A startling shift is changing the demographics of the world’s most important market. 2012 is the first year in history that non-Hispanic white births in the United States will no longer be the majority.
According to The New York Times, “in the latest sign of the nation’s shifting racial and ethnic composition, births to Asian, black and Hispanic women in the United States are on the verge of surpassing births to non-Hispanic whites.”
While “the Census Bureau estimates that minorities will constitute a majority of the nation’s overall population in about three decades and a majority of Americans under age 18 in about one decade, since 2000 alone the proportion of people under age 20 who are non-Hispanic whites has dipped to 57%, from 61%. In fact, in 2008 Asian, black and Hispanic children made up 47% of the population under five.”
Why all this dry demographic talk? Because the handwriting is on the wall and the message is clear — marketers who don’t adapt to the new demographic reality will see their market share decline right along with the country’s general market birthrates.
Please don’t kick yourself for not noticing. How many people caught in the wave of history see what’s going on? There’s a reason why hindsight is 20/20. There’s a reason why the words should’ve, would’ve and could’ve are usually accompanied by a Three Stooges’ slap to the forehead. And there’s a reason why you should reconsider how you’re reaching your audiences.
Don’t look at things the way they were and wonder why. Learn to look at things the way they’re going to be and wonder where. As in, Where’s The Future (WTF)?
After all, if minorities accounted for 48% of all births in the U.S. in the 12 months that ended in July 2008, then business as usual is no longer business as usual. And if your marketing hasn’t changed to reach these new consumers then you’re talking to ghosts. Specifically, the ghosts of markets past.
By the way, before you think this is only a domestic phenomenon, major demographic changes are occurring in all of the Americas. Looking south we find Latin America in the middle of a renaissance. In direct contrast to what is going on in much of the rest of the world, LatAm’s economy is soaring. Mexico and the 19 countries of Central and South America and the Spanish-speaking Caribbean (not including Cuba) are seeing year over year economic growth. And for the first time in history, this growth is not simply due to the exploitation of natural resources but to the rise of the middle class.
For the first time ever this demographics’ purchasing power is surpassing that of the upper classes. The Miami Herald says, “…many countries have built up their international reserves and continued their economic reforms. With more people entering the middle class and increasing consumption, Latin American economies have more of a cushion to sustain themselves during a rough patch.” And according to The Economist, “…the region’s economy will again expand by more than 5%. Economic growth is growing hand in hand with social progress.”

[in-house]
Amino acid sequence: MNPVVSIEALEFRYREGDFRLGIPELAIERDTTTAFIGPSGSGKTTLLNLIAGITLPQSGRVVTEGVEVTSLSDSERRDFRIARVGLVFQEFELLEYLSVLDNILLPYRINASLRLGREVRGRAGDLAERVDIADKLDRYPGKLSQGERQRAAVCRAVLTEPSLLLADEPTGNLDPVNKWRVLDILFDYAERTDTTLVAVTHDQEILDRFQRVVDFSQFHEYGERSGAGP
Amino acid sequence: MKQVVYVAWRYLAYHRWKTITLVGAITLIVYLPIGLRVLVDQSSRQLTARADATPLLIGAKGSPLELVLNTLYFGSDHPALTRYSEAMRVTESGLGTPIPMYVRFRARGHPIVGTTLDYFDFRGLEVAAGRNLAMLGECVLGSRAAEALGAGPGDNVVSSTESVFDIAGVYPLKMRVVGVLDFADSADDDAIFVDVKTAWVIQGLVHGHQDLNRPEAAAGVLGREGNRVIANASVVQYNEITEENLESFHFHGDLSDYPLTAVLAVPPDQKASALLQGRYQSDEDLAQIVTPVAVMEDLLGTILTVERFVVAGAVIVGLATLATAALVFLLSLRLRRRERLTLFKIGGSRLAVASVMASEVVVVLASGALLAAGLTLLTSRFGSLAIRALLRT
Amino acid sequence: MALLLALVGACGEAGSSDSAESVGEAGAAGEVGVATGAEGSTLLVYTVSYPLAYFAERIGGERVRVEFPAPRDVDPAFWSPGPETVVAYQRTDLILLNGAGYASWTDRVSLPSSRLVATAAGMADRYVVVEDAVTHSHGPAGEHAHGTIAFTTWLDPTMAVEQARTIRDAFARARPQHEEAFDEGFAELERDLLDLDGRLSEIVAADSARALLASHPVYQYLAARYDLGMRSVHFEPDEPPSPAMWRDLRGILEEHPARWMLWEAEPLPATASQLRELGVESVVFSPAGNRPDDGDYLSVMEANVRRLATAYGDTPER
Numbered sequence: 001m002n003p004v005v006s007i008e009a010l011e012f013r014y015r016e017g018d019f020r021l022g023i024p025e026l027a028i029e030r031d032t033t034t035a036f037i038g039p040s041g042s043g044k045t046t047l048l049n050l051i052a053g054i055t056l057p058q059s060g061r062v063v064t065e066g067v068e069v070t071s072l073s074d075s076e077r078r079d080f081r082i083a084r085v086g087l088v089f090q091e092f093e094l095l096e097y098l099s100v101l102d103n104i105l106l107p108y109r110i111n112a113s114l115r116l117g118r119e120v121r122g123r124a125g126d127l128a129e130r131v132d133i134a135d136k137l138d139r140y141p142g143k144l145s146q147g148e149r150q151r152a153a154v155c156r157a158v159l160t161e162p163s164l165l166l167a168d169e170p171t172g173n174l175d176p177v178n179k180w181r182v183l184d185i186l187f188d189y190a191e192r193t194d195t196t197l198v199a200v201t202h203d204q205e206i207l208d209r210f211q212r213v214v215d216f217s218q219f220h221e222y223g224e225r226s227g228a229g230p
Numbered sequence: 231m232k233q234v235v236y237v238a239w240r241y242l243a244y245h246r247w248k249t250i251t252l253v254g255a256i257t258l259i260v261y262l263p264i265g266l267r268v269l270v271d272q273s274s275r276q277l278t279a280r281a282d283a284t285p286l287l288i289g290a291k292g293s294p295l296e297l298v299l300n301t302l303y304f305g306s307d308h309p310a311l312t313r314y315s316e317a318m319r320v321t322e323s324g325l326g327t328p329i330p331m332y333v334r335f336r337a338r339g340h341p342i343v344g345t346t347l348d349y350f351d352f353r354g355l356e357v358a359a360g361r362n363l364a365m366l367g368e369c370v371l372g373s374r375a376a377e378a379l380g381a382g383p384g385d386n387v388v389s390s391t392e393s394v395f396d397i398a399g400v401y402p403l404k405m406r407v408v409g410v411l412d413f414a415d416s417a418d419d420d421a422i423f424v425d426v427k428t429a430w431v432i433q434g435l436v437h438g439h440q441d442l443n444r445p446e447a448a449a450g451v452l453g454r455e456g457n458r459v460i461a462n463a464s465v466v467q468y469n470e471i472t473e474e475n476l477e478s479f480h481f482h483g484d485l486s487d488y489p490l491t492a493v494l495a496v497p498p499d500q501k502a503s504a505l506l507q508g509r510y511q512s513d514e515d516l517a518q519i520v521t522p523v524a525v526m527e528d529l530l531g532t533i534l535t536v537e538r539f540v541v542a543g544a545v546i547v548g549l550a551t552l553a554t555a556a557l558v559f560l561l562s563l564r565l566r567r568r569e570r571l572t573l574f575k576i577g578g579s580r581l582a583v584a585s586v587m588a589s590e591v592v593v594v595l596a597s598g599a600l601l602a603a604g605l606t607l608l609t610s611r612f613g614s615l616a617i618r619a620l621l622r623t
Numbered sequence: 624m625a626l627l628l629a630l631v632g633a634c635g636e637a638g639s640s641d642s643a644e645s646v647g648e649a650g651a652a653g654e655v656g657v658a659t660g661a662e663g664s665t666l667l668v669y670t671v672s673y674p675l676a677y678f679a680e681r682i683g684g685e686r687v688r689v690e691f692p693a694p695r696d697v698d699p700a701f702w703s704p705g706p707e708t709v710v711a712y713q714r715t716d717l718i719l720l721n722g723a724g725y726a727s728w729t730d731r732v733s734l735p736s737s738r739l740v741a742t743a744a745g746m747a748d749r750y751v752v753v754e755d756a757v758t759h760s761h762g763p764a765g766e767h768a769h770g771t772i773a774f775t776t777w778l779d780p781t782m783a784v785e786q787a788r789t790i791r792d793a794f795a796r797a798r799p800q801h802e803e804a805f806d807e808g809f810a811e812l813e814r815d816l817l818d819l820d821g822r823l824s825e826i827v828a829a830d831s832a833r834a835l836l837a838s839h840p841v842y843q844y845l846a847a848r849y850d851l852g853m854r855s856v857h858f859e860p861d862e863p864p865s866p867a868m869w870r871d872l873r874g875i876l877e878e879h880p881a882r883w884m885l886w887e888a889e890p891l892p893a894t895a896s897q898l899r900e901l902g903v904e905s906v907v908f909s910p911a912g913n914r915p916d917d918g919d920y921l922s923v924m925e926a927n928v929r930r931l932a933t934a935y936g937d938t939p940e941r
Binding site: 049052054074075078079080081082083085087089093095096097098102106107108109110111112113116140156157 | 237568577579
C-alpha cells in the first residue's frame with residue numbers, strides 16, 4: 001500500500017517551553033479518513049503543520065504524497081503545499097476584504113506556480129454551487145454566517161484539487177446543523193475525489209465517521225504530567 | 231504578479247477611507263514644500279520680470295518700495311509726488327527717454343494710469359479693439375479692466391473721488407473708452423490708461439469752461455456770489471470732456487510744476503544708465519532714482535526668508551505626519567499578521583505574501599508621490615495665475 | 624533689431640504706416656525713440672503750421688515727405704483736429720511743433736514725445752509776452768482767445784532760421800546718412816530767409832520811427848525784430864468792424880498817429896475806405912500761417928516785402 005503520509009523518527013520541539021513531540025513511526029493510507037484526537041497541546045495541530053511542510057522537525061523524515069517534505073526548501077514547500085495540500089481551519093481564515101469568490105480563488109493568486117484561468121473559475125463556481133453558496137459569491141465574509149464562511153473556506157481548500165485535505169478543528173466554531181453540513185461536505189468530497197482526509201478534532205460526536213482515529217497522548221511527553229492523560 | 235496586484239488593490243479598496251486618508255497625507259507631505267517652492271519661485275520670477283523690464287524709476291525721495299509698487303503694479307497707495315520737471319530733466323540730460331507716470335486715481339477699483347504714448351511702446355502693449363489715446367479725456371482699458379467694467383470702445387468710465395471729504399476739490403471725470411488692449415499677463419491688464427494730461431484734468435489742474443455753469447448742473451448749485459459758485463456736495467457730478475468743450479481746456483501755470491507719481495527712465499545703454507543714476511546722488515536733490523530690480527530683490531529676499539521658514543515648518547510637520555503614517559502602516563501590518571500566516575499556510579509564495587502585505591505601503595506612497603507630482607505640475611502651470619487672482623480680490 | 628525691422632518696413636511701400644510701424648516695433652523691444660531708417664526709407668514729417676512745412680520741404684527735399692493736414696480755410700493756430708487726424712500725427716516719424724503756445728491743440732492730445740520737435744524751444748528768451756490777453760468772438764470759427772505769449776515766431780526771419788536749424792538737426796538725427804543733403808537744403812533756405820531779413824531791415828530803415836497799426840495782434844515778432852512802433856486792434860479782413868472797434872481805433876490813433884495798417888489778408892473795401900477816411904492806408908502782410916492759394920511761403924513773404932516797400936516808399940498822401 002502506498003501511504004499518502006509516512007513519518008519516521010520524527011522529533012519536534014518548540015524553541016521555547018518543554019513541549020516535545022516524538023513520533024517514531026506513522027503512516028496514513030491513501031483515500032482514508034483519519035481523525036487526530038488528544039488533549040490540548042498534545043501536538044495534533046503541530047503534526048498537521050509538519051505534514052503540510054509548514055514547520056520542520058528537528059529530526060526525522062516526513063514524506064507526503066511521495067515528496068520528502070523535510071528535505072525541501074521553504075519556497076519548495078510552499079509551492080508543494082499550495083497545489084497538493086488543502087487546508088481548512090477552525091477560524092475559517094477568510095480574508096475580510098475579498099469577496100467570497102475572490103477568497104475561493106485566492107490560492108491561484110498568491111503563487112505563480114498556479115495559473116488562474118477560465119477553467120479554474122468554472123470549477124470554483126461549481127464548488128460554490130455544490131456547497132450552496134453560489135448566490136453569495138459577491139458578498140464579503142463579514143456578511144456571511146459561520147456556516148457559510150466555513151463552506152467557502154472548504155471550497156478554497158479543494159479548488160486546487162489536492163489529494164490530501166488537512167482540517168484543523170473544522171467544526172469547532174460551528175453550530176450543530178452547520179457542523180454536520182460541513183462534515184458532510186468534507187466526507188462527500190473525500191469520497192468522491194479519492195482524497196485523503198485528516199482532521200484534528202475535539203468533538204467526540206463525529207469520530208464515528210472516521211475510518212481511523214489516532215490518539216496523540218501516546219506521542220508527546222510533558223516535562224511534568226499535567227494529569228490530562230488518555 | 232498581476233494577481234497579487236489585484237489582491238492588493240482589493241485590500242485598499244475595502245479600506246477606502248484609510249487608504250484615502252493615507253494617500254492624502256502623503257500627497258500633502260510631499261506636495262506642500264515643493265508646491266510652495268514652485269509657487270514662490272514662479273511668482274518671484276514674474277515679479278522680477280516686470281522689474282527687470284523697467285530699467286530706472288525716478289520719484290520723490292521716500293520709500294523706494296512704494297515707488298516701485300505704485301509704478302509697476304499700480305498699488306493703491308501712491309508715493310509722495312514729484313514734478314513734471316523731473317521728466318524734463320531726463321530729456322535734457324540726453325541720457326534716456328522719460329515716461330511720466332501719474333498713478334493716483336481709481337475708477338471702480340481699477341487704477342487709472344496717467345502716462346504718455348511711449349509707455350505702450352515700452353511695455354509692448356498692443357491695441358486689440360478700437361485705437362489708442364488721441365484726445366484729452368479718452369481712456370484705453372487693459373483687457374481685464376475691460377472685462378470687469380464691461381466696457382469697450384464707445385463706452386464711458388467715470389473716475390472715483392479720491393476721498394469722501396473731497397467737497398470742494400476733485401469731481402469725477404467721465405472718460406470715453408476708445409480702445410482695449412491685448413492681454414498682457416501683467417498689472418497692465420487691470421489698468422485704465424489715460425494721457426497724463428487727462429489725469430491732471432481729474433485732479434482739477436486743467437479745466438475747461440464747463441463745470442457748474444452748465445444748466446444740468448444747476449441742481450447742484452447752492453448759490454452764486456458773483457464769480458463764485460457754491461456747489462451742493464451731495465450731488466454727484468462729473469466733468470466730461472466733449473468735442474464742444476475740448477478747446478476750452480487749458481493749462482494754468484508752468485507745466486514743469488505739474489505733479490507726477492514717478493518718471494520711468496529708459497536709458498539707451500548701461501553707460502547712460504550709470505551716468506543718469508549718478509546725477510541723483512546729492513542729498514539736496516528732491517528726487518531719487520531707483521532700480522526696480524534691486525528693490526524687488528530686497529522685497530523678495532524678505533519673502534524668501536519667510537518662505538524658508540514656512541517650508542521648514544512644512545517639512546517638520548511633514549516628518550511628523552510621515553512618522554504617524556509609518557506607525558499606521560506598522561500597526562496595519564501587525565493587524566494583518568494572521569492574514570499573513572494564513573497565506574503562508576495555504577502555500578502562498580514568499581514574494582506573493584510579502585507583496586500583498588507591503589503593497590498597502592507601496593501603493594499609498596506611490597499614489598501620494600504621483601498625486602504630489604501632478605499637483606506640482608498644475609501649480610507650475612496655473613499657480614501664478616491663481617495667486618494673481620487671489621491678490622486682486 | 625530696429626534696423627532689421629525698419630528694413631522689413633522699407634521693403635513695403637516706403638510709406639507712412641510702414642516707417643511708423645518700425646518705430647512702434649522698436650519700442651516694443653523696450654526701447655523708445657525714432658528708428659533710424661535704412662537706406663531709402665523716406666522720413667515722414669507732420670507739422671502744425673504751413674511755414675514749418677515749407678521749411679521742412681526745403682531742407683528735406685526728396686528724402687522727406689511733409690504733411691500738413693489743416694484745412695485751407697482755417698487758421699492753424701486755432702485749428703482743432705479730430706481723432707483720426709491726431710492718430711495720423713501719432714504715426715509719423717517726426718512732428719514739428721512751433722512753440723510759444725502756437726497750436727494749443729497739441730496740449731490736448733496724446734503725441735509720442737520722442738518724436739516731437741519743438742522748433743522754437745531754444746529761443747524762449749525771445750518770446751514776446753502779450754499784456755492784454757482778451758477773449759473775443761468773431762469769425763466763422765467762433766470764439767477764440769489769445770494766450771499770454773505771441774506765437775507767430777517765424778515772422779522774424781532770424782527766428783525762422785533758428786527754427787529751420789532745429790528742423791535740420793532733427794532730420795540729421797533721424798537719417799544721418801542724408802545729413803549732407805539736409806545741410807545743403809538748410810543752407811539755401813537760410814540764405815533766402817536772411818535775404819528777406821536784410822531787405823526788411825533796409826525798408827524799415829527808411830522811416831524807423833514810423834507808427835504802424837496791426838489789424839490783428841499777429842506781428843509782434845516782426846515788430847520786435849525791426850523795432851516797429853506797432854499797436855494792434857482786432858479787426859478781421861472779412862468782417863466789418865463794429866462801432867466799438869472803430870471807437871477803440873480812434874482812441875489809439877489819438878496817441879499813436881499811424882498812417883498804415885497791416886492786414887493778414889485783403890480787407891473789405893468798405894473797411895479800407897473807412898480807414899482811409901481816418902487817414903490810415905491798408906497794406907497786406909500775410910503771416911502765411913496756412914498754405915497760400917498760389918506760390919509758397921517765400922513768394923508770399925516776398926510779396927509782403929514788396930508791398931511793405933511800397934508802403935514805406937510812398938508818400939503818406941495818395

Please don’t misunderstand me. I’m not suggesting that because these new consumers represent a formerly minority demographic that minority marketing techniques are the right tools to reach them and therefore your minority agency — and your minority budget — is the way to go. What I am suggesting (perhaps “suggesting” is too subtle, perhaps screaming from the mountaintops is a better description) is that a new understanding of the majority marketplace is essential. Because these new consumers ARE the majority.
It’s not like the clues are always easy to decipher. Back in 2007, the research firm Information Resources found that salsa outsold ketchup in the United States by $163.4 million. Yet that same year another market researcher, NPD Group, reported that 48% of households used ketchup in a typical two-week period, three times the number that used salsa. And The Wall Street Journal reported that condiment giant Heinz declined to take a public position at all, saying instead, “We believe there is room for both in the refrigerator and that consumers don’t view the two products interchangeably.”
What is required is bold new creativity and leadership based on the realities of the hemisphere the way it’s going to be, not the way it was, and certainly not the way “old school” marketers would like it to be. What is called for is a new outlook that considers the way these emerging consumers pay attention, consume information, make decisions, and purchase.
Understanding and embracing their use of technology, language, cultural cues, and financial tools — both online and off — will ultimately determine which marketers will prevail and which will be sitting by the wayside, wondering what the hell just happened.